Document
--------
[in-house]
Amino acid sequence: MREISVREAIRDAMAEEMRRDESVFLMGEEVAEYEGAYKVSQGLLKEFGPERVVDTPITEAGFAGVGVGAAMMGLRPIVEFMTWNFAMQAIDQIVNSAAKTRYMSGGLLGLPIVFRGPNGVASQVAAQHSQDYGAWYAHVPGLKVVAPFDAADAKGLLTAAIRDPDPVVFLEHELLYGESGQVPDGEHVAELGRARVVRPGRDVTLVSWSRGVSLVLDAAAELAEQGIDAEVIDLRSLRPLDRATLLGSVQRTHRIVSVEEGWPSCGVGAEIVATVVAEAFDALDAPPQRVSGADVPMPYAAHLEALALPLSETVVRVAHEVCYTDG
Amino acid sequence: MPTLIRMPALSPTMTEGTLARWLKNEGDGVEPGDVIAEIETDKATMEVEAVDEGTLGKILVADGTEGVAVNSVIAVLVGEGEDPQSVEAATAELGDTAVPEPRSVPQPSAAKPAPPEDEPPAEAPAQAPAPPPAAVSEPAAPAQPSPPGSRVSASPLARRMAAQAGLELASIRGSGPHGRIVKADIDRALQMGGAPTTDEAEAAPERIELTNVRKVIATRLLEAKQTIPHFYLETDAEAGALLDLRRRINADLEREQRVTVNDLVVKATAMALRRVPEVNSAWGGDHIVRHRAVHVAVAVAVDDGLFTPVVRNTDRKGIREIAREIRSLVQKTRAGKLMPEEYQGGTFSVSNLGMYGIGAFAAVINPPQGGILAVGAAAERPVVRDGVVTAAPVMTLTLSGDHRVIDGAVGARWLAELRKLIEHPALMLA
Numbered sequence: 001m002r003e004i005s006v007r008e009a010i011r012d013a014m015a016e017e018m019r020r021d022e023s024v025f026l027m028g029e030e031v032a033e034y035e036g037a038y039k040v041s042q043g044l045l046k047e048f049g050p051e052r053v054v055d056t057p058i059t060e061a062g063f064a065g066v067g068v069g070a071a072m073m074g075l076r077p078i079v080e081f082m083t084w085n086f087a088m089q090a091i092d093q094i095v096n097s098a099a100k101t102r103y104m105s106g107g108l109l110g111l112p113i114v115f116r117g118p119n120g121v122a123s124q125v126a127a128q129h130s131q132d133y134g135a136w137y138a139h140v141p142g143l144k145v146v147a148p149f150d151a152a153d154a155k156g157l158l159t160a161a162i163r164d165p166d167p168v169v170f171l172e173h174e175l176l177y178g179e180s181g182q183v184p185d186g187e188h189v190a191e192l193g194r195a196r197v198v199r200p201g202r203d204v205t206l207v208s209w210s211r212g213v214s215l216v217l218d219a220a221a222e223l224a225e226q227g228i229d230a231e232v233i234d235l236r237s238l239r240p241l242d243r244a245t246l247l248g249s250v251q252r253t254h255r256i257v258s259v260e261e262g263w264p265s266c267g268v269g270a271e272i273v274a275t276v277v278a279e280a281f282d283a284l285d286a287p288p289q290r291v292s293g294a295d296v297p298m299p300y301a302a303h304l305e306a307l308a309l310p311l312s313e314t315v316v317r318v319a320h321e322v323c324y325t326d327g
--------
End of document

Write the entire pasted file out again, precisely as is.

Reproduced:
[in-house]
Amino acid sequence: MREISVREAIRDAMAEEMRRDESVFLMGEEVAEYEGAYKVSQGLLKEFGPERVVDTPITEAGFAGVGVGAAMMGLRPIVEFMTWNFAMQAIDQIVNSAAKTRYMSGGLLGLPIVFRGPNGVASQVAAQHSQDYGAWYAHVPGLKVVAPFDAADAKGLLTAAIRDPDPVVFLEHELLYGESGQVPDGEHVAELGRARVVRPGRDVTLVSWSRGVSLVLDAAAELAEQGIDAEVIDLRSLRPLDRATLLGSVQRTHRIVSVEEGWPSCGVGAEIVATVVAEAFDALDAPPQRVSGADVPMPYAAHLEALALPLSETVVRVAHEVCYTDG
Amino acid sequence: MPTLIRMPALSPTMTEGTLARWLKNEGDGVEPGDVIAEIETDKATMEVEAVDEGTLGKILVADGTEGVAVNSVIAVLVGEGEDPQSVEAATAELGDTAVPEPRSVPQPSAAKPAPPEDEPPAEAPAQAPAPPPAAVSEPAAPAQPSPPGSRVSASPLARRMAAQAGLELASIRGSGPHGRIVKADIDRALQMGGAPTTDEAEAAPERIELTNVRKVIATRLLEAKQTIPHFYLETDAEAGALLDLRRRINADLEREQRVTVNDLVVKATAMALRRVPEVNSAWGGDHIVRHRAVHVAVAVAVDDGLFTPVVRNTDRKGIREIAREIRSLVQKTRAGKLMPEEYQGGTFSVSNLGMYGIGAFAAVINPPQGGILAVGAAAERPVVRDGVVTAAPVMTLTLSGDHRVIDGAVGARWLAELRKLIEHPALMLA
Numbered sequence: 001m002r003e004i005s006v007r008e009a010i011r012d013a014m015a016e017e018m019r020r021d022e023s024v025f026l027m028g029e030e031v032a033e034y035e036g037a038y039k040v041s042q043g044l045l046k047e048f049g050p051e052r053v054v055d056t057p058i059t060e061a062g063f064a065g066v067g068v069g070a071a072m073m074g075l076r077p078i079v080e081f082m083t084w085n086f087a088m089q090a091i092d093q094i095v096n097s098a099a100k101t102r103y104m105s106g107g108l109l110g111l112p113i114v115f116r117g118p119n120g121v122a123s124q125v126a127a128q129h130s131q132d133y134g135a136w137y138a139h140v141p142g143l144k145v146v147a148p149f150d151a152a153d154a155k156g157l158l159t160a161a162i163r164d165p166d167p168v169v170f171l172e173h174e175l176l177y178g179e180s181g182q183v184p185d186g187e188h189v190a191e192l193g194r195a196r197v198v199r200p201g202r203d204v205t206l207v208s209w210s211r212g213v214s215l216v217l218d219a220a221a222e223l224a225e226q227g228i229d230a231e232v233i234d235l236r237s238l239r240p241l242d243r244a245t246l247l248g249s250v251q252r253t254h255r256i257v258s259v260e261e262g263w264p265s266c267g268v269g270a271e272i273v274a275t276v277v278a279e280a281f282d283a284l285d286a287p288p289q290r291v292s293g294a295d296v297p298m299p300y301a302a303h304l305e306a307l308a309l310p311l312s313e314t315v316v317r318v319a320h321e322v323c324y325t326d327g